1. The first group of means is meant to be used in an ongoing manner over the length of one’s professional or athletic career: balanced nutrition, nutritional supplementation, measures aimed at increase of the body’s non-specific resistance, GPP, sauna, etc. A key to developing stable PP is improving of the body’s non-specific resistance to stressors: various adaptations in the metabolism, immune system, endocrine system, especially the sympathetico-adrenal system and adrenal cortex, etc.(2)
    2. The second category is short term, for a quick pick-me-up before or during a competition and extra restoration immediately after. These means includes acupuncture and acupressure, hypobaric and hypoxic training, pharmacy, etc. E.g., cold shower and application of a cold compress to the stomach between sets improves results in weightlifting, especially for trained athletes. Rubbing one’s face with cold water during competition also helps because cold is a stressor that activates the cortico-adrenal system.(12) Of course, there is espresso and Iron Maiden.

In summary, to maximize your potential productivity you need to, in addition to training right, do whatever it takes to become happy and healthy.

  • Train right.
  • Rest enough.
  • Eat well. Supplement right — or not at all.
  • Get your head in the right place.
  • Take up autogenic training or meditation.
  • Study your body’s natural rhythms and live and train in sync with them.
  • Engage in natural health practices: outdoor activities, tempering, sauna, massage, etc.
  • Learn moderation.


  1. Shipilina & Samokhin (2004)
  2. Ushakov (2007)
  3. Solodkov et al. (2007)
  4. Agajanyan & Shabatura (1989)
  5. Doskin & Lavrentyeva
  6. Vasiliev (1953)
  7. Cited by Hettinger (1966)
  8. Smirnov (1955)
  9. Sheyko (2005)
  10. Rodionov (1967)
  11. Zagryadsky (1972)
  12. Vorobyev (1981)
  13. Kudielka et. al (2006)

Get higher results for a lower biological cost.

Pavel Tsatsouline
Pavel Tsatsouline is the CEO of StrongFirst, Inc.

13 thoughts on “What is “Work Capacity”? [Part II]

  • I´d be curious to hear some thoughts and experiences on the WTH effect when it comes to “work capacity” in general. I´ve noticed it myself that (heavy) swings carry over to many athletic endeavours form walking, sprinting to martial arts. It´s interesting how one training modality can have such a big impact on many different fields – thus the name, WTH effect I guess?

  • That was a very informative post thank you very much. I do have one question. The need for several week vaction to help recover, is that a complete separation from iron or just a dramatic reduction or subjective based on how hard you currently train?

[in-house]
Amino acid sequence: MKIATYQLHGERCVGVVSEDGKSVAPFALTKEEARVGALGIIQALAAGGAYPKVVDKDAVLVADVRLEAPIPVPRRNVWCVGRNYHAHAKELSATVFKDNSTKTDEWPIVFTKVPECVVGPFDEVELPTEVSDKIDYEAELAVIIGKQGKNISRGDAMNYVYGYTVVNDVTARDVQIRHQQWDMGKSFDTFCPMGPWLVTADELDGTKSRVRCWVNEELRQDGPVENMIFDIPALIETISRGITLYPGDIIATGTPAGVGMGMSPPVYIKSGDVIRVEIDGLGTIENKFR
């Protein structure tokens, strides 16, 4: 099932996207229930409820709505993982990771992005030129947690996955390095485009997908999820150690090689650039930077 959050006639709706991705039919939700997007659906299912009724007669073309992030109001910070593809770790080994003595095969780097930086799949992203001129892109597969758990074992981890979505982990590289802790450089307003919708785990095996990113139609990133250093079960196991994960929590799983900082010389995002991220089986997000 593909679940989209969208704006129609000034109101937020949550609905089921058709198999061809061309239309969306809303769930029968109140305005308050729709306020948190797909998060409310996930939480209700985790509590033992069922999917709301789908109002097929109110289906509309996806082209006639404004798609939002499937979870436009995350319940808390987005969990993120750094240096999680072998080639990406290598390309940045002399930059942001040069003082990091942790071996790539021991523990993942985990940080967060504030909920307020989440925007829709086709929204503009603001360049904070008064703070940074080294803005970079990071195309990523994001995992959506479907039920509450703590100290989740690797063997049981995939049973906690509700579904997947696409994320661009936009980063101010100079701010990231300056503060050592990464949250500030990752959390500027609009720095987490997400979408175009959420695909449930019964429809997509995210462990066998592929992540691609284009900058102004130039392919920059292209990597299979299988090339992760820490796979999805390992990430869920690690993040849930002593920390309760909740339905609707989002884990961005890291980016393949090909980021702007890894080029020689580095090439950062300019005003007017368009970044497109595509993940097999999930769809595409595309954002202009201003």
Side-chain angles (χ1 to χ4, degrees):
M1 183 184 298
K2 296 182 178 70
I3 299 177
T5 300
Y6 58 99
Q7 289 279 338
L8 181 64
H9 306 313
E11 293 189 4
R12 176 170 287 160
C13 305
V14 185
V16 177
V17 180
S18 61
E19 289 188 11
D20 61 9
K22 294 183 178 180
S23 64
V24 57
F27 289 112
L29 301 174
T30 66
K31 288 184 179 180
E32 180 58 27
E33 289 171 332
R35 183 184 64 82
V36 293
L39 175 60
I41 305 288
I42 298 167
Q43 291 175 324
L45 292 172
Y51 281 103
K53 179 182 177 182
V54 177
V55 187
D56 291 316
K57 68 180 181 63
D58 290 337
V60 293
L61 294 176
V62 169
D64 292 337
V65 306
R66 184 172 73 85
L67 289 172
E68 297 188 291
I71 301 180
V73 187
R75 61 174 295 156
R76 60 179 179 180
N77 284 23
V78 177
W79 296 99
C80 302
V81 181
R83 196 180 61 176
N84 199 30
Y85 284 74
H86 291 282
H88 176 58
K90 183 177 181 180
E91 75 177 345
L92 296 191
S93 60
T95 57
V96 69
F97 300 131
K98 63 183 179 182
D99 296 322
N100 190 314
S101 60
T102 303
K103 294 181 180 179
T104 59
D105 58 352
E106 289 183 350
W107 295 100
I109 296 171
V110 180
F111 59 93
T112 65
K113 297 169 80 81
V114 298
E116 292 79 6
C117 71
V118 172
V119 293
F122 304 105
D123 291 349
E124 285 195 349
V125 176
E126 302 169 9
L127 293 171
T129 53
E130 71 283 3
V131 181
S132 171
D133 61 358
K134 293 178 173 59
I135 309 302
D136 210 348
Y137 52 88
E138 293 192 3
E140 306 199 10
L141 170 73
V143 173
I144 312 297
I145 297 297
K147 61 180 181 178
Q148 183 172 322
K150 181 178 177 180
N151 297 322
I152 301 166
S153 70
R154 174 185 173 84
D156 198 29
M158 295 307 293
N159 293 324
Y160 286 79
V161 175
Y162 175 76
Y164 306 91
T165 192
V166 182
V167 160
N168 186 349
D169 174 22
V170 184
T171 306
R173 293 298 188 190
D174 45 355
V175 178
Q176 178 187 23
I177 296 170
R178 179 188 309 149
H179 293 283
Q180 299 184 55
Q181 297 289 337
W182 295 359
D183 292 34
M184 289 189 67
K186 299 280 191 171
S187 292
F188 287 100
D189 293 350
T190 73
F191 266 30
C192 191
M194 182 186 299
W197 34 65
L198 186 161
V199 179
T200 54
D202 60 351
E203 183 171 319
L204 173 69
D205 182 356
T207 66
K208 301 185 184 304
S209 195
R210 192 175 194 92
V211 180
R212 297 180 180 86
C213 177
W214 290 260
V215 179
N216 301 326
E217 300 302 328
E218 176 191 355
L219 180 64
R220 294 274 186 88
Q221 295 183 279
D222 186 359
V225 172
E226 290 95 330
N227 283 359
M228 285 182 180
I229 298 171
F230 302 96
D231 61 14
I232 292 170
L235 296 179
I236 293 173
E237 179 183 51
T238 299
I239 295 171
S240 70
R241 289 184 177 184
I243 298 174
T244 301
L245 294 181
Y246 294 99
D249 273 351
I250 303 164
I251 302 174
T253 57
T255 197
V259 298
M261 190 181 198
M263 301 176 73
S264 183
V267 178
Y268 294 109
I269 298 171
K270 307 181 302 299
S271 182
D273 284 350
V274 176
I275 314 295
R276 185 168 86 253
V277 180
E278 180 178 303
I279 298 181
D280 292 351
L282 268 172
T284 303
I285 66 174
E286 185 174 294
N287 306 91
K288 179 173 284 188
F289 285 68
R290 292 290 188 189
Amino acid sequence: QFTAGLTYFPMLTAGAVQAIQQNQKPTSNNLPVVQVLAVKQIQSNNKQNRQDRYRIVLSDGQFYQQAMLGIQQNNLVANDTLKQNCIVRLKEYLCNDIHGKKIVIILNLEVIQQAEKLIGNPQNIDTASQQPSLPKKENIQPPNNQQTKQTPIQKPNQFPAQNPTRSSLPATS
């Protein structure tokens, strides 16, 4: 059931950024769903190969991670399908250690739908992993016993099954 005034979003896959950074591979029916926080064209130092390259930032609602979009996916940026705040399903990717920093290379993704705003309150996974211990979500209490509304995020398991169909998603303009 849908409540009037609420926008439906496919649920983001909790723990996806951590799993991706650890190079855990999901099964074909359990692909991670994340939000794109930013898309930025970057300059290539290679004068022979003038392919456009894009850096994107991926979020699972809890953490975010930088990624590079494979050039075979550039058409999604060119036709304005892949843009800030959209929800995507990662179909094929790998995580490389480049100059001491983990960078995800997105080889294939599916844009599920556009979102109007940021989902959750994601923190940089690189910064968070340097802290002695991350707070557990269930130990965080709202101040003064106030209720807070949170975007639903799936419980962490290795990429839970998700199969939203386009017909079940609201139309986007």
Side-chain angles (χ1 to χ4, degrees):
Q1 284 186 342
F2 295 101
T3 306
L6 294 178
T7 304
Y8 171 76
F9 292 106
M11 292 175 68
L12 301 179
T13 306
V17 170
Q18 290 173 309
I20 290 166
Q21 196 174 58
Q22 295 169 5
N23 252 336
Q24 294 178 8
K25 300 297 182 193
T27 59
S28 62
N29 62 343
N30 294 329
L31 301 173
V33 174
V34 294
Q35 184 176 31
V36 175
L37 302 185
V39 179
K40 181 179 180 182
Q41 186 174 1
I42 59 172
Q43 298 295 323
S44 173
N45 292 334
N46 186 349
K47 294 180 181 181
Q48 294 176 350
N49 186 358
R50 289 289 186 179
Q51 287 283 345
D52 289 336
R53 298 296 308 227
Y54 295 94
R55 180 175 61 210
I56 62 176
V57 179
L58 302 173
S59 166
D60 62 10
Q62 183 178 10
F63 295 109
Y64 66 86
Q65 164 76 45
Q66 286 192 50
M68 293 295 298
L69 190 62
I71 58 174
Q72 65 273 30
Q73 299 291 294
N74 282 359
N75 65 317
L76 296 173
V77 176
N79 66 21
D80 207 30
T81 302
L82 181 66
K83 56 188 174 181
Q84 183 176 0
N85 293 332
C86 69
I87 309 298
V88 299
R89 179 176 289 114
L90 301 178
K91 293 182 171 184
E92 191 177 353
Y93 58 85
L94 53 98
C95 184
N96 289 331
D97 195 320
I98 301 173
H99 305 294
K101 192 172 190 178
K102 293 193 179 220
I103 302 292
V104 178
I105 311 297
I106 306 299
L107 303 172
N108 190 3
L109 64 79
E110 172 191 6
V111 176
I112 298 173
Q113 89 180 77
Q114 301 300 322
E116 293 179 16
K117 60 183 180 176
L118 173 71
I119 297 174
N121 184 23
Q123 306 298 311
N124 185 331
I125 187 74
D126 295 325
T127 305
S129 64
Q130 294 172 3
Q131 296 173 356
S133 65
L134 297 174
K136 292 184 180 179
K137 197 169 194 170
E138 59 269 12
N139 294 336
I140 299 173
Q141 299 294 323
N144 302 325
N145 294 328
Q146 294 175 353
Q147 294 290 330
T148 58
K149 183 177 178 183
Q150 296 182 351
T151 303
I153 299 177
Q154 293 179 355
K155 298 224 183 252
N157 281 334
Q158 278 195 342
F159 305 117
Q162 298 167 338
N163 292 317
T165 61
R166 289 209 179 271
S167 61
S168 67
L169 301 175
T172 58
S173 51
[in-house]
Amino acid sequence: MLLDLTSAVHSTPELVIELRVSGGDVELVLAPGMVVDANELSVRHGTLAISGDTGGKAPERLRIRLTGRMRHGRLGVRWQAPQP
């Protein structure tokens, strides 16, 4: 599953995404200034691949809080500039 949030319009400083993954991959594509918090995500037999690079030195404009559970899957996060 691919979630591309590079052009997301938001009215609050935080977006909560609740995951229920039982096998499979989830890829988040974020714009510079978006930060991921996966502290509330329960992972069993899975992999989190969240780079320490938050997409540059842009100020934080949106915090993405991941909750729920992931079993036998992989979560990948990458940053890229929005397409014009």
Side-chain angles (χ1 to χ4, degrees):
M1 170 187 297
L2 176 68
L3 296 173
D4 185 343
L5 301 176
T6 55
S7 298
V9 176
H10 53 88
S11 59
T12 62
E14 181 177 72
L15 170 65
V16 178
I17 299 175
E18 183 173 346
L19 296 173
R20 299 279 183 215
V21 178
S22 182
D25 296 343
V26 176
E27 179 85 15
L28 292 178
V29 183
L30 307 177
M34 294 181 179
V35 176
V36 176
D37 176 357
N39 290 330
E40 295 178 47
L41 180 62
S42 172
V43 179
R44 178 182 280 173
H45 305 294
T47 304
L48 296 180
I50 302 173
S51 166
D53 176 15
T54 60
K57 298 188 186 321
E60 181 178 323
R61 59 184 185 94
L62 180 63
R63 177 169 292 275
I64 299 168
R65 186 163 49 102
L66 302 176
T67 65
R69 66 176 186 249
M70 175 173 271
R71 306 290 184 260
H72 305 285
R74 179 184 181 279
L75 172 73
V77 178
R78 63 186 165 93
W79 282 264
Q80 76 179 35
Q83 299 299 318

• The graph labeled “Here are most typical PP dynamics over a 24-hour period:” provides an interesting discussion point. I’m curious what population was used to gather this cycle given the PP peak that occurs around 19 00, followed by a very sharp decline over the next three hours before sleep. Has this been observed in numerous populations or just the one used at the time of the Russian study?

  • The graph that shows the peaks and valleys over the 24 hour period via military time is confusing me a little. Midnight is 24 or 0 in military time so does the 12 at the far left mean this graph starts tracking at 12 noon and midnight is in the middle of the graph?


  • While I thoroughly enjoy the posts that specifically address training, it is refreshing to see a blog post that explores the integration of training into a whole life.

    There is room to explore more deeply how the cyclical nature of a day telescopes out into a week, a month, and a year of training. Charlie Francis’ “Supercompensation and Recovery” text, Siff’s latest Supertraining, and Zatsiorsky’s Science of Strength Training do a fair job of hinting at this, but none of those authors explore it deeply and connect/relate the structure of a daily cycle to the annual cycle (as an example).

  • My previous trainer (not SF but top notch nonetheless) advised that every athlete needed to pay attention to the five corners of his life …


    * Eat real food and drink water.
    * Sleep great for 7-8 … rest & recovery is the flip side of hard training.
    * Move a little a lot (every day throughout the day be active, take stairs, walk etc …) & Move a lot a little (train hard & smart, preferably with a capable SF instructor).
    * WE is our social life. This is the source of most of our Happy/Unhappy and the people you spend time with are the person you become … pick wisely.
    * ME … are you doing something that matters to you … are you cultivating a strong Mindset … purpose & meaning matter.

    He also believed that our fitness practice was the Keystone Practice that helped us perform better in the other arenas of our life … a fit person tends to eat better, sleep better, move better, take personal responsibility and for some strange reason is often easier to get along with … most of the time (or maybe we just instinctively know it’s best to talk nice to strong fit athletes).

    Great post chairman.


    • Dan John wrote about a similar balance that he had learned in Catholic school. I forget which book covers it. Eat – Sleep – Play – Pray. And the four pillars should both interact and spiral outward as you add things to your life.

  • I like that term “potential productivity.” Much more comprehensive way of looking at things. The time and things done in the gym are just a fraction of training.

This article is now closed for comments, but please visit our forum, where you may start a thread for your comments and questions or participate in an existing one.

Thank you.